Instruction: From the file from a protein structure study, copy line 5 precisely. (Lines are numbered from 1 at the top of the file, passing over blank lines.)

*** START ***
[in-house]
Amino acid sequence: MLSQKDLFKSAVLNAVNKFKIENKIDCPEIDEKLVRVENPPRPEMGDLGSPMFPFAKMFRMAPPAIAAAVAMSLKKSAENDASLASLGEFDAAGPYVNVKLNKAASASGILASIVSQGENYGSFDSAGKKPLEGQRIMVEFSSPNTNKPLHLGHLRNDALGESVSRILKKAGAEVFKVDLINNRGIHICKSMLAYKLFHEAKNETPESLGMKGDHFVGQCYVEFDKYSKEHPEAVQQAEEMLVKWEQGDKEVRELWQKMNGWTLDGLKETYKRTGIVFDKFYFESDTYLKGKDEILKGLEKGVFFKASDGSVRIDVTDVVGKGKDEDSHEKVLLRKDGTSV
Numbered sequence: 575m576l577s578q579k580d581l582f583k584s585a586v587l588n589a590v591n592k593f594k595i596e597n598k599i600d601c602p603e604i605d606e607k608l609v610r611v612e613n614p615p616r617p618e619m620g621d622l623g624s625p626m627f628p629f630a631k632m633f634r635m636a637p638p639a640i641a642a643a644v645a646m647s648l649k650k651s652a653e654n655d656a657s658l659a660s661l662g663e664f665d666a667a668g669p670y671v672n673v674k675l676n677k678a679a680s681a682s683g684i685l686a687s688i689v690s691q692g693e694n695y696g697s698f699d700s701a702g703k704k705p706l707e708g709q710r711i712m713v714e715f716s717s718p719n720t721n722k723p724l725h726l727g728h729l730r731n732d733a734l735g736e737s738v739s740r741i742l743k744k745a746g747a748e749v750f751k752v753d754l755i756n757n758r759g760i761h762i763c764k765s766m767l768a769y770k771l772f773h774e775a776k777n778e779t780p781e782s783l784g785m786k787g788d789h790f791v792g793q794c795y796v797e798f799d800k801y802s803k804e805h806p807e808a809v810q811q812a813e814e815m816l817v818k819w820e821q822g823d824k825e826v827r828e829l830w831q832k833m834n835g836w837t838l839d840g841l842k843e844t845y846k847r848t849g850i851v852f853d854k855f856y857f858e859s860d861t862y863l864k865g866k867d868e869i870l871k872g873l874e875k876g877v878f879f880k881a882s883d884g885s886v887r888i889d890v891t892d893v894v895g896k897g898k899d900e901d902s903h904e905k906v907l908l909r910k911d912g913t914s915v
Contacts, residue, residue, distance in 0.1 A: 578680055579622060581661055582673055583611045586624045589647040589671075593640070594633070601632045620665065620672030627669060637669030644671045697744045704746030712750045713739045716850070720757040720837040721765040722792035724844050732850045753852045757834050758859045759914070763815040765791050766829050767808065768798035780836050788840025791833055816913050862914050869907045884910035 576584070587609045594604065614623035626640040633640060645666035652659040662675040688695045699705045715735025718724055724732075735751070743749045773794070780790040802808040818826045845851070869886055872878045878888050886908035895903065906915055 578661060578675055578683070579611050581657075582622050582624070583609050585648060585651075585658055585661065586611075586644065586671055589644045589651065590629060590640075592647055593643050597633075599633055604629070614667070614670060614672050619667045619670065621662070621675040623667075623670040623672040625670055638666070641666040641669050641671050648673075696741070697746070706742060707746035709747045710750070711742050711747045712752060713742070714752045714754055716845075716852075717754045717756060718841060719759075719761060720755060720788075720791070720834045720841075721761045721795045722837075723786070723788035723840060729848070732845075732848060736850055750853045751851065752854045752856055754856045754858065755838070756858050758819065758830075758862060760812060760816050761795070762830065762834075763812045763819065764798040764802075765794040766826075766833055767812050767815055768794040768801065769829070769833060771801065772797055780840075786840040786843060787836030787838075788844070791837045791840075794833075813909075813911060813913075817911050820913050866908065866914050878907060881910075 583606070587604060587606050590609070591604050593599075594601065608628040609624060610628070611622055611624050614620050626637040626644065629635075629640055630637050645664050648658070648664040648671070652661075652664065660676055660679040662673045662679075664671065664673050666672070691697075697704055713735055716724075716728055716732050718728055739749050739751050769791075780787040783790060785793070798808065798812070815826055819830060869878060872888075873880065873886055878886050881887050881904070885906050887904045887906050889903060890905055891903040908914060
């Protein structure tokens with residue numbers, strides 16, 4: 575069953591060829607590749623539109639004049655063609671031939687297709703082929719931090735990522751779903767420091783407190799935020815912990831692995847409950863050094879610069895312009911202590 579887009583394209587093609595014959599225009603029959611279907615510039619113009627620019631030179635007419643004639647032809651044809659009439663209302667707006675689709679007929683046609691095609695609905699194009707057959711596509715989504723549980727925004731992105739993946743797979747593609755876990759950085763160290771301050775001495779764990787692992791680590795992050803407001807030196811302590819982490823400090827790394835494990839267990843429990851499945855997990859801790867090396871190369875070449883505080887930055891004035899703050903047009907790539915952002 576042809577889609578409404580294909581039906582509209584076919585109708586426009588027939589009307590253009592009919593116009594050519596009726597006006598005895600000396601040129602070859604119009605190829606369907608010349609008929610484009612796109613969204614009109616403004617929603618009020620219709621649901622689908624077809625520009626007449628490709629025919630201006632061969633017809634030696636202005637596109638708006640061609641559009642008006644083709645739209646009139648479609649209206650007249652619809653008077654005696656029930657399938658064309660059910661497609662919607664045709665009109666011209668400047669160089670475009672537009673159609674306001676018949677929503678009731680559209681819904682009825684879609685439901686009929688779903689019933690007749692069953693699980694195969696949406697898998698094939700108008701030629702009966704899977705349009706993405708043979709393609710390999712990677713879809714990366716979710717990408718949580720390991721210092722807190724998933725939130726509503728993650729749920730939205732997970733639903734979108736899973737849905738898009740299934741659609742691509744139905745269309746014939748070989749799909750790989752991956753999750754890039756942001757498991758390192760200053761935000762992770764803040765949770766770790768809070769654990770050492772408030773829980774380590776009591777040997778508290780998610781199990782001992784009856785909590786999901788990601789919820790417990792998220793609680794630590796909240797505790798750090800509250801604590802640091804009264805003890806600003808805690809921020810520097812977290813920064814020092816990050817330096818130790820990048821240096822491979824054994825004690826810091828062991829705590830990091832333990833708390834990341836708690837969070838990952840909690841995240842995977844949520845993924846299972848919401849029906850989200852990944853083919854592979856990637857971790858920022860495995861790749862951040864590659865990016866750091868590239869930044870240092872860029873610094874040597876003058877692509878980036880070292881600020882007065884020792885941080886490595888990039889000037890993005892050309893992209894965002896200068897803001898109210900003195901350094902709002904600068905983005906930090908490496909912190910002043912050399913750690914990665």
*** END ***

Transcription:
């Protein structure tokens with residue numbers, strides 16, 4: 575069953591060829607590749623539109639004049655063609671031939687297709703082929719931090735990522751779903767420091783407190799935020815912990831692995847409950863050094879610069895312009911202590 579887009583394209587093609595014959599225009603029959611279907615510039619113009627620019631030179635007419643004639647032809651044809659009439663209302667707006675689709679007929683046609691095609695609905699194009707057959711596509715989504723549980727925004731992105739993946743797979747593609755876990759950085763160290771301050775001495779764990787692992791680590795992050803407001807030196811302590819982490823400090827790394835494990839267990843429990851499945855997990859801790867090396871190369875070449883505080887930055891004035899703050903047009907790539915952002 576042809577889609578409404580294909581039906582509209584076919585109708586426009588027939589009307590253009592009919593116009594050519596009726597006006598005895600000396601040129602070859604119009605190829606369907608010349609008929610484009612796109613969204614009109616403004617929603618009020620219709621649901622689908624077809625520009626007449628490709629025919630201006632061969633017809634030696636202005637596109638708006640061609641559009642008006644083709645739209646009139648479609649209206650007249652619809653008077654005696656029930657399938658064309660059910661497609662919607664045709665009109666011209668400047669160089670475009672537009673159609674306001676018949677929503678009731680559209681819904682009825684879609685439901686009929688779903689019933690007749692069953693699980694195969696949406697898998698094939700108008701030629702009966704899977705349009706993405708043979709393609710390999712990677713879809714990366716979710717990408718949580720390991721210092722807190724998933725939130726509503728993650729749920730939205732997970733639903734979108736899973737849905738898009740299934741659609742691509744139905745269309746014939748070989749799909750790989752991956753999750754890039756942001757498991758390192760200053761935000762992770764803040765949770766770790768809070769654990770050492772408030773829980774380590776009591777040997778508290780998610781199990782001992784009856785909590786999901788990601789919820790417990792998220793609680794630590796909240797505790798750090800509250801604590802640091804009264805003890806600003808805690809921020810520097812977290813920064814020092816990050817330096818130790820990048821240096822491979824054994825004690826810091828062991829705590830990091832333990833708390834990341836708690837969070838990952840909690841995240842995977844949520845993924846299972848919401849029906850989200852990944853083919854592979856990637857971790858920022860495995861790749862951040864590659865990016866750091868590239869930044870240092872860029873610094874040597876003058877692509878980036880070292881600020882007065884020792885941080886490595888990039889000037890993005892050309893992209894965002896200068897803001898109210900003195901350094902709002904600068905983005906930090908490496909912190910002043912050399913750690914990665």